Thursday, April 18, 2013

"To Our Ships at Sea" *

Should auld acquaintance be forgot,
And never brought to mind?
The first mate has fallen over board.
He’s half a mile behind!

Craig’s dad, Ted, sang this as I explained our man-overboard procedures to our parents for their day on Alberta Crewed a few weeks ago.  It was a joke from his WWII navy days; something about a stuttering crew member who couldn’t get the words out in his excitement so was asked by the captain to sing the problem.  Ted has a quiet wit that sends us into hysterics at the most inane events.

Ted was a signalman from 1943 to 1946 on Examination Vessels out of Halifax and spent weeks at a time out in the wild, north Atlantic Ocean.  He used semi four flags and operated the signal lights using Morse code to communicate with vessels wanting to enter the harbour.  His vessel also patrolled for German submarines.  (We recently learned that several German submarines were captured here in Florida at that time).  In spite of sitting atop the ship during rocky seas, Ted’s only sea sickness experience was his first day after the shore cook sent him out on a full stomach.  

Ted’s time on Alberta Crewed triggered many navy memories for him.  He remembered that a cup of coffee was a mug-up, and the daily rum ration was called up spirits.  “You drank it or lost it.  No saving it up.”  He described the ritual of folding his dickey (scarf) seven times to represent the seven seas.  Signalman-ing was hard and dangerous work but I sensed that Ted really liked being at sea.  He spent his day on Alberta Crewed at the helm, fascinated with every dial, switch, line, and sail.  I’ve always said that Ted is the one you want with you at museums.  He ponders and reads every display and has a curiosity about the world like no one else I know.  He is also the mate I’d want beside me in stormy seas.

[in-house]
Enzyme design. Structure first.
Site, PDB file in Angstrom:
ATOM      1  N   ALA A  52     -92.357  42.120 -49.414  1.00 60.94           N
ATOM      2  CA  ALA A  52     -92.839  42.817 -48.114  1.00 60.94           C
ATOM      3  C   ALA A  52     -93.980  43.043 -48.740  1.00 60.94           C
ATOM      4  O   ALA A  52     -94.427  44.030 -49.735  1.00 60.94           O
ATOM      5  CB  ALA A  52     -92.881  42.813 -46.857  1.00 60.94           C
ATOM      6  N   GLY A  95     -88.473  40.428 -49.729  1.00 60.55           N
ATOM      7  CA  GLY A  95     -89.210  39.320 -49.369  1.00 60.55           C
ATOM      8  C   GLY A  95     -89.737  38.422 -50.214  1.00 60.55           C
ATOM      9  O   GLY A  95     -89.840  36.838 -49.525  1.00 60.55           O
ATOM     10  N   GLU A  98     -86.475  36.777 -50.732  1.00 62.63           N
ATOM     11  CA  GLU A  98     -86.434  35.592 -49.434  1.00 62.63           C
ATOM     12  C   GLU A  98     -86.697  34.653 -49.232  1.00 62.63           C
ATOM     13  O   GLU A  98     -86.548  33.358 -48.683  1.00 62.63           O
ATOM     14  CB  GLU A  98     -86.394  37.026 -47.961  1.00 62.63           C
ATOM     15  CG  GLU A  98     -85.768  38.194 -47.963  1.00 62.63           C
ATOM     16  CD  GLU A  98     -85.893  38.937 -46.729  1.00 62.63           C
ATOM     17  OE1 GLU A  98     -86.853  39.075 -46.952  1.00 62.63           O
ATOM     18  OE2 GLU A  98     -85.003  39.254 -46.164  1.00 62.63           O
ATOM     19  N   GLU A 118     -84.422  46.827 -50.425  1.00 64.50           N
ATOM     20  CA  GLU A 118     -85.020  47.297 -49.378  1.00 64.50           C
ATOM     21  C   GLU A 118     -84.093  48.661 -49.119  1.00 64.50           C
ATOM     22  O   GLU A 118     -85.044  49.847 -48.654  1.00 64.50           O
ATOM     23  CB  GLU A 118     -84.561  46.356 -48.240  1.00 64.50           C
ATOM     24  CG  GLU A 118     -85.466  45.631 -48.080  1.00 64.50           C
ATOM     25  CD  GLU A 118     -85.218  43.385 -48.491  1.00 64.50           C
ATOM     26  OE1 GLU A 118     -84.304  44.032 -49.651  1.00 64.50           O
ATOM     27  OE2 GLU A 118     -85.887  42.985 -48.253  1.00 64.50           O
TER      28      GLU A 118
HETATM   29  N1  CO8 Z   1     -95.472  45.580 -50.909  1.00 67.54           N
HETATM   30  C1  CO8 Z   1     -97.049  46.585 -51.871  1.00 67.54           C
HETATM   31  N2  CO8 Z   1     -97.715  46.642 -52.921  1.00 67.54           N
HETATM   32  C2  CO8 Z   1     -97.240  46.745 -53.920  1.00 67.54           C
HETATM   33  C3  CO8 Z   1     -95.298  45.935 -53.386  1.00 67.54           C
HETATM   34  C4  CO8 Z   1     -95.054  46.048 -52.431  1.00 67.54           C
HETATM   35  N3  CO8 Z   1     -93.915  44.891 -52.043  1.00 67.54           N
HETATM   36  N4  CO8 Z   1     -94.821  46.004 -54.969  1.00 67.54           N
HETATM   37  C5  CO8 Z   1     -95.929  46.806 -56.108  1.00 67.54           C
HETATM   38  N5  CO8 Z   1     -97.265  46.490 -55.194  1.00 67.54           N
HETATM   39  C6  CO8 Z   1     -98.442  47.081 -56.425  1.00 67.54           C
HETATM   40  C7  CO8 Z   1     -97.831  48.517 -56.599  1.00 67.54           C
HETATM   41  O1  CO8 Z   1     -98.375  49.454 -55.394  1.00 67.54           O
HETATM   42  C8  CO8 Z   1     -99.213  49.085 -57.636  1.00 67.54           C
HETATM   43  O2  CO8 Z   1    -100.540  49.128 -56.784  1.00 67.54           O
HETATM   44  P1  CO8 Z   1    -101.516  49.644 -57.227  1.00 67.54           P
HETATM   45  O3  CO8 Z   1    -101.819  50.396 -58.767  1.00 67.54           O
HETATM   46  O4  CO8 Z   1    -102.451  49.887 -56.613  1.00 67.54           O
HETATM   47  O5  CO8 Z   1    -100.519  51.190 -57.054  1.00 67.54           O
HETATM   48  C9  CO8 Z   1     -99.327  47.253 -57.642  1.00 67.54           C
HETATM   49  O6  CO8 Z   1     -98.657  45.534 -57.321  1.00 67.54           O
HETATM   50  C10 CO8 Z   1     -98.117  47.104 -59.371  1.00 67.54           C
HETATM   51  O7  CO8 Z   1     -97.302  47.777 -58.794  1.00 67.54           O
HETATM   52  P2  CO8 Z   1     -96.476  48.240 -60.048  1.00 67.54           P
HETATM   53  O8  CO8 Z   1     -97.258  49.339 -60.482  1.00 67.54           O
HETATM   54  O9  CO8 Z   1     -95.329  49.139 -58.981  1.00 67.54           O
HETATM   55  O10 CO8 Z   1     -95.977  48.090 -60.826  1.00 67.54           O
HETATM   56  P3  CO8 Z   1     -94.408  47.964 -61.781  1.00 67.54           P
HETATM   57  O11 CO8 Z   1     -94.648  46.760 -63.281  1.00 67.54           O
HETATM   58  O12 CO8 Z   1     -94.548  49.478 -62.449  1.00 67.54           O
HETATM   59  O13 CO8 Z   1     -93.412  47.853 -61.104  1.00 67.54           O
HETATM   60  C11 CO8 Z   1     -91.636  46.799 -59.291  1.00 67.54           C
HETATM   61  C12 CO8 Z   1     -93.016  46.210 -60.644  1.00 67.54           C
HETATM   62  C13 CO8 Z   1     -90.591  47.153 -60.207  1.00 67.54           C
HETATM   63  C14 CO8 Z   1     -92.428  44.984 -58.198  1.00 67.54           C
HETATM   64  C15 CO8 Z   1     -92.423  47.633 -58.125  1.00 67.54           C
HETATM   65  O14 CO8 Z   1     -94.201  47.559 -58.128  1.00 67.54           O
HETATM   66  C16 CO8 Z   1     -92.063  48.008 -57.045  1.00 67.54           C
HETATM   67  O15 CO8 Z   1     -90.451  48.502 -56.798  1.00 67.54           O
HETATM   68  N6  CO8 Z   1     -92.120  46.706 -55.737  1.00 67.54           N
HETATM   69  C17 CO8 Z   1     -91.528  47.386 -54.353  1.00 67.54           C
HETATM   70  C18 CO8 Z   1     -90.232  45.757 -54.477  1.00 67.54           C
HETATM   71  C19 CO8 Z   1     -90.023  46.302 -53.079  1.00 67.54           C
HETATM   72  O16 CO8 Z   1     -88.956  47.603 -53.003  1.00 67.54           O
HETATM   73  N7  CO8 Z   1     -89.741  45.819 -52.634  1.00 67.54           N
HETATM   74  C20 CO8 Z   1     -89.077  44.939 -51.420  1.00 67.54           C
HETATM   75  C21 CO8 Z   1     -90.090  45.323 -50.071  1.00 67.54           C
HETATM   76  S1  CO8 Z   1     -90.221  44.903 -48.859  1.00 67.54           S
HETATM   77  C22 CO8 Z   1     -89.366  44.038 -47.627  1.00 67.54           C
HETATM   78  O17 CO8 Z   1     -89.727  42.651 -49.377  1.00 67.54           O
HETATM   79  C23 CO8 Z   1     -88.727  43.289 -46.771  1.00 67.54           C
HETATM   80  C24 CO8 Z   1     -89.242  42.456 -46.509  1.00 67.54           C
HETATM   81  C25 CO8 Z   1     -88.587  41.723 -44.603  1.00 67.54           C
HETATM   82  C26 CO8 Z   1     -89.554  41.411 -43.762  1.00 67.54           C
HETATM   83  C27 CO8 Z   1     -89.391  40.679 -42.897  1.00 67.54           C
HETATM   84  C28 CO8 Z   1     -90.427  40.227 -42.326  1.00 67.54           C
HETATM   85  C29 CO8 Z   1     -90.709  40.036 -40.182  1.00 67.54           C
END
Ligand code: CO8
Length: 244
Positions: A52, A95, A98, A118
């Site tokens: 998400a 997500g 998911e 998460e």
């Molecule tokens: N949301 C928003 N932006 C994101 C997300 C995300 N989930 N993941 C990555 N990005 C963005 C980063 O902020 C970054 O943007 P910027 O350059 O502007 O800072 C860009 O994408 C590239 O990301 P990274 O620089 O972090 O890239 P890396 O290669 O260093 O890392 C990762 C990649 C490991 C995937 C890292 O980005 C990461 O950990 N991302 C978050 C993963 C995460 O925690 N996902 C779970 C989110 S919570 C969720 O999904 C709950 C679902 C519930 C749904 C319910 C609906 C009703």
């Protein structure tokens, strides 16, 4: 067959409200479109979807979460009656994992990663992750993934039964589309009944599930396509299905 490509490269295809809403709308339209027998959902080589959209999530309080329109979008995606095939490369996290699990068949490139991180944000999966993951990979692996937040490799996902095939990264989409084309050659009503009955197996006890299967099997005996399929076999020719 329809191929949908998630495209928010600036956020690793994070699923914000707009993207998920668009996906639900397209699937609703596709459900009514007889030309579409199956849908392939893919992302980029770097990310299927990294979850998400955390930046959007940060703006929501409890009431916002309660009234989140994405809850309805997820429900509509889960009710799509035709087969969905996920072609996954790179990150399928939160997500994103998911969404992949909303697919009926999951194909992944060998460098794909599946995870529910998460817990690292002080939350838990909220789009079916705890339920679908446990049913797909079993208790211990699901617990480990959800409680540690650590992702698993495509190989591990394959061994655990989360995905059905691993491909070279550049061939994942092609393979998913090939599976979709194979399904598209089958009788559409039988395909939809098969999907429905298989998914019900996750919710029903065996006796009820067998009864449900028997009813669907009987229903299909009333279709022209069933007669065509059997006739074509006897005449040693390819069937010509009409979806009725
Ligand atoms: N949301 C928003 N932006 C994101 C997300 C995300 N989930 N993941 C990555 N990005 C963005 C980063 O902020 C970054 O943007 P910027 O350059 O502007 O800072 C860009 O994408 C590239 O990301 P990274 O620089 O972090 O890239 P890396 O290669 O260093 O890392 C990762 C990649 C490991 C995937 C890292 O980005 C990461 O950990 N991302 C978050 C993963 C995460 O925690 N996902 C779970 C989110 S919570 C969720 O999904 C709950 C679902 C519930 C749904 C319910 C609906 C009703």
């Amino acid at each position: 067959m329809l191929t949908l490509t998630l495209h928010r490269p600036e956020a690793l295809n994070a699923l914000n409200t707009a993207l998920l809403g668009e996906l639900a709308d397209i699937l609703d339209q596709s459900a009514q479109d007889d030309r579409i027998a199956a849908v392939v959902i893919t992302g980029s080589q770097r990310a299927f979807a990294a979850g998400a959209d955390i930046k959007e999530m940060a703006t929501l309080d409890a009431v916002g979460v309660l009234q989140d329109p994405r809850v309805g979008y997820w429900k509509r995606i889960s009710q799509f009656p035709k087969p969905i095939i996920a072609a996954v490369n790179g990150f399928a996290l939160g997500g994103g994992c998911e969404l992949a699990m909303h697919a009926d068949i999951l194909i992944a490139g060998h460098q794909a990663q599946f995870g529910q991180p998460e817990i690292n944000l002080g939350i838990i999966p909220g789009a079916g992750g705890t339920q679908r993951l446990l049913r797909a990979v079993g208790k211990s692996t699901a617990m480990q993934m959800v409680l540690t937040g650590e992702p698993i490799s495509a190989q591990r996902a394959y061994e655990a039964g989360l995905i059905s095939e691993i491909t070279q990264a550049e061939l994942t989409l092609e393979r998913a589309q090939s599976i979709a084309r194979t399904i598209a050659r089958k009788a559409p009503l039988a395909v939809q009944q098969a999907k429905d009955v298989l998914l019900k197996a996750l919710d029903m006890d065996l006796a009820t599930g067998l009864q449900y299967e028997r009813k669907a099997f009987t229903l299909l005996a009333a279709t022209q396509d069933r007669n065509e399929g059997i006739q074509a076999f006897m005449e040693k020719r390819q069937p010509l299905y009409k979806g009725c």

Kennedy Space Center

Ted Clements, the original designer of our boat, has been writing to me about his father’s experiences in WWII.  Ted Clements knows every bolt, latch, curve, and wire on our boat, as well as how to solve absolutely anything we throw at him.  He is incredibly generous with his genius and writes a fascinating blog at  Anyone buying a boat, dreaming of buying, or just along for the ride will find it fascinating.  He writes in detail about why particular design decisions are made and how to best utilize all of the features of our boat, and for that matter, any boat.  It was through one of his postings that we learned about our formerly-known-as-escape-hatches   Notice the beautiful boat in the photo J.

These are the hatches in each aft cabin that open up to the water below the boat which we thought were for escape in emergencies, particularly a capsize (which will never happen!).  It is more likely, however, that the person(s) outside will need to get back in to wait for rescue.  We now ensure the lock bars are off and the get-back-in hatch can open easily before we leave. 

As to Ted Clements' WWII connection, we have been corresponding about the chance of his father, who also served in the navy on Canada’s east coast, knowing our Ted.  They haven’t made the connection yet but the thread continues as we hear stories from the two of them that tell of their daily lives as young men with adventuresome spirits and fierce commitments to their country.   It is safe to say that they are both responsible for the life we now lead, on land and at sea, and we are most grateful.

And on Alberta Crewed, our Ted continued to captivate us with his poetics:

A marvelous bird is the Pelican.
His bill holds more than his belly can!

*The Blog title is a Traditional Naval Toast, taken from

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